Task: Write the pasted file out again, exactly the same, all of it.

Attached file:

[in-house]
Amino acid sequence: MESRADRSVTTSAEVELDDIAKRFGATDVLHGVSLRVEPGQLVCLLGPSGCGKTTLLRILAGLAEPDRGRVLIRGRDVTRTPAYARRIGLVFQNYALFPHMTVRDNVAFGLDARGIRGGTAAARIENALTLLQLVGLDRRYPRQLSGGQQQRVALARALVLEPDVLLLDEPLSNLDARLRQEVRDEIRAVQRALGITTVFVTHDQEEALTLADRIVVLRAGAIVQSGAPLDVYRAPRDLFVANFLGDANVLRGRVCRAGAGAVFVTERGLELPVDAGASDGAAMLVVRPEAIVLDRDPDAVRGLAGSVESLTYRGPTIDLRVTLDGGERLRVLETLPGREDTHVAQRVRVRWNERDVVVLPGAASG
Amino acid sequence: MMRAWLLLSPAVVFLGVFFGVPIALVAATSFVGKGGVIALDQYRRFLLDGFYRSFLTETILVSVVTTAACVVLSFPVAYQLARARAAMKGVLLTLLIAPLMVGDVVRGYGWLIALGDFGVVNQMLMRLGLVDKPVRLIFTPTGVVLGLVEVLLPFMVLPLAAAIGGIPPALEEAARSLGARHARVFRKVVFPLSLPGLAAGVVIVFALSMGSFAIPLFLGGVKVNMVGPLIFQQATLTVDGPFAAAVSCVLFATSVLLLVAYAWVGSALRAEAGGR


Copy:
[in-house]
Amino acid sequence: MESRADRSVTTSAEVELDDIAKRFGATDVLHGVSLRVEPGQLVCLLGPSGCGKTTLLRILAGLAEPDRGRVLIRGRDVTRTPAYARRIGLVFQNYALFPHMTVRDNVAFGLDARGIRGGTAAARIENALTLLQLVGLDRRYPRQLSGGQQQRVALARALVLEPDVLLLDEPLSNLDARLRQEVRDEIRAVQRALGITTVFVTHDQEEALTLADRIVVLRAGAIVQSGAPLDVYRAPRDLFVANFLGDANVLRGRVCRAGAGAVFVTERGLELPVDAGASDGAAMLVVRPEAIVLDRDPDAVRGLAGSVESLTYRGPTIDLRVTLDGGERLRVLETLPGREDTHVAQRVRVRWNERDVVVLPGAASG
Amino acid sequence: MMRAWLLLSPAVVFLGVFFGVPIALVAATSFVGKGGVIALDQYRRFLLDGFYRSFLTETILVSVVTTAACVVLSFPVAYQLARARAAMKGVLLTLLIAPLMVGDVVRGYGWLIALGDFGVVNQMLMRLGLVDKPVRLIFTPTGVVLGLVEVLLPFMVLPLAAAIGGIPPALEEAARSLGARHARVFRKVVFPLSLPGLAAGVVIVFALSMGSFAIPLFLGGVKVNMVGPLIFQQATLTVDGPFAAAVSCVLFATSVLLLVAYAWVGSALRAEAGGR